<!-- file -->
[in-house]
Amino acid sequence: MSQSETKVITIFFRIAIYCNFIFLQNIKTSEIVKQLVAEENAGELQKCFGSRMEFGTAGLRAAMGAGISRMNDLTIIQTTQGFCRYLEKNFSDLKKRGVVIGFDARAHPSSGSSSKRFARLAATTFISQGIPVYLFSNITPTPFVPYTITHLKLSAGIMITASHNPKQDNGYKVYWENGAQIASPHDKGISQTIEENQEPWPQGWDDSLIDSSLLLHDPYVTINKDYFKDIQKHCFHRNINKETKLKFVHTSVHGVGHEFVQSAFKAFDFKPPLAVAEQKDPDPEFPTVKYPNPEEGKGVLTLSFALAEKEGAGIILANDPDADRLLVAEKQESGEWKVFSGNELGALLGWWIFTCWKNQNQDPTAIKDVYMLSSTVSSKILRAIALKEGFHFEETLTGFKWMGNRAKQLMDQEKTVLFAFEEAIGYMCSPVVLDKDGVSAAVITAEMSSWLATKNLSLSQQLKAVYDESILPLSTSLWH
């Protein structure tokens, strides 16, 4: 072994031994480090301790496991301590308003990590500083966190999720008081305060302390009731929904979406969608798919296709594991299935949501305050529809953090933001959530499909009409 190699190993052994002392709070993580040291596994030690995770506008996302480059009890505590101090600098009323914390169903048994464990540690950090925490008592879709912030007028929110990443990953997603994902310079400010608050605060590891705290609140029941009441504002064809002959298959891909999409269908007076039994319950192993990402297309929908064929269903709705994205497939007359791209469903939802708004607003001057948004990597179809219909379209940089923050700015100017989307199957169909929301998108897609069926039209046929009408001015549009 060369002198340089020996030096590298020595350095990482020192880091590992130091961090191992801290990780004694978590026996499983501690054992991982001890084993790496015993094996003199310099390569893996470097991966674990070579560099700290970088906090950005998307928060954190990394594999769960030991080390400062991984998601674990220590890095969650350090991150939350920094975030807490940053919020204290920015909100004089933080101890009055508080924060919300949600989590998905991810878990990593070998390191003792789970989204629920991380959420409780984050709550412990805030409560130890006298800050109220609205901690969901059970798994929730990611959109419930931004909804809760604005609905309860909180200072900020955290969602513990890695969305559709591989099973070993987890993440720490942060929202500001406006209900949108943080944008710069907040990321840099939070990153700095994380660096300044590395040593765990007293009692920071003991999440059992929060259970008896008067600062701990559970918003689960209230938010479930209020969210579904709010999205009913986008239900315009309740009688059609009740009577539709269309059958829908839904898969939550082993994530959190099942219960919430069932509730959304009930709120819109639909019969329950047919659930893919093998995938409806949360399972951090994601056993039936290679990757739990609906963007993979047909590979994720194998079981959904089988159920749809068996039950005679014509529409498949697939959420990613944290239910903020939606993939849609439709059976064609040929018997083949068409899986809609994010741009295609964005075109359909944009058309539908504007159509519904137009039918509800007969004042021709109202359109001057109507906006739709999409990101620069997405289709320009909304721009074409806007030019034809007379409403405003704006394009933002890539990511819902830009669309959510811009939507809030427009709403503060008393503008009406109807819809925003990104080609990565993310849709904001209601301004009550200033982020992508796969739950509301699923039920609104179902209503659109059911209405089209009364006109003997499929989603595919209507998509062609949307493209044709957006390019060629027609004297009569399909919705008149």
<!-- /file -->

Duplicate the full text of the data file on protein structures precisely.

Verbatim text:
[in-house]
Amino acid sequence: MSQSETKVITIFFRIAIYCNFIFLQNIKTSEIVKQLVAEENAGELQKCFGSRMEFGTAGLRAAMGAGISRMNDLTIIQTTQGFCRYLEKNFSDLKKRGVVIGFDARAHPSSGSSSKRFARLAATTFISQGIPVYLFSNITPTPFVPYTITHLKLSAGIMITASHNPKQDNGYKVYWENGAQIASPHDKGISQTIEENQEPWPQGWDDSLIDSSLLLHDPYVTINKDYFKDIQKHCFHRNINKETKLKFVHTSVHGVGHEFVQSAFKAFDFKPPLAVAEQKDPDPEFPTVKYPNPEEGKGVLTLSFALAEKEGAGIILANDPDADRLLVAEKQESGEWKVFSGNELGALLGWWIFTCWKNQNQDPTAIKDVYMLSSTVSSKILRAIALKEGFHFEETLTGFKWMGNRAKQLMDQEKTVLFAFEEAIGYMCSPVVLDKDGVSAAVITAEMSSWLATKNLSLSQQLKAVYDESILPLSTSLWH
């Protein structure tokens, strides 16, 4: 072994031994480090301790496991301590308003990590500083966190999720008081305060302390009731929904979406969608798919296709594991299935949501305050529809953090933001959530499909009409 190699190993052994002392709070993580040291596994030690995770506008996302480059009890505590101090600098009323914390169903048994464990540690950090925490008592879709912030007028929110990443990953997603994902310079400010608050605060590891705290609140029941009441504002064809002959298959891909999409269908007076039994319950192993990402297309929908064929269903709705994205497939007359791209469903939802708004607003001057948004990597179809219909379209940089923050700015100017989307199957169909929301998108897609069926039209046929009408001015549009 060369002198340089020996030096590298020595350095990482020192880091590992130091961090191992801290990780004694978590026996499983501690054992991982001890084993790496015993094996003199310099390569893996470097991966674990070579560099700290970088906090950005998307928060954190990394594999769960030991080390400062991984998601674990220590890095969650350090991150939350920094975030807490940053919020204290920015909100004089933080101890009055508080924060919300949600989590998905991810878990990593070998390191003792789970989204629920991380959420409780984050709550412990805030409560130890006298800050109220609205901690969901059970798994929730990611959109419930931004909804809760604005609905309860909180200072900020955290969602513990890695969305559709591989099973070993987890993440720490942060929202500001406006209900949108943080944008710069907040990321840099939070990153700095994380660096300044590395040593765990007293009692920071003991999440059992929060259970008896008067600062701990559970918003689960209230938010479930209020969210579904709010999205009913986008239900315009309740009688059609009740009577539709269309059958829908839904898969939550082993994530959190099942219960919430069932509730959304009930709120819109639909019969329950047919659930893919093998995938409806949360399972951090994601056993039936290679990757739990609906963007993979047909590979994720194998079981959904089988159920749809068996039950005679014509529409498949697939959420990613944290239910903020939606993939849609439709059976064609040929018997083949068409899986809609994010741009295609964005075109359909944009058309539908504007159509519904137009039918509800007969004042021709109202359109001057109507906006739709999409990101620069997405289709320009909304721009074409806007030019034809007379409403405003704006394009933002890539990511819902830009669309959510811009939507809030427009709403503060008393503008009406109807819809925003990104080609990565993310849709904001209601301004009550200033982020992508796969739950509301699923039920609104179902209503659109059911209405089209009364006109003997499929989603595919209507998509062609949307493209044709957006390019060629027609004297009569399909919705008149």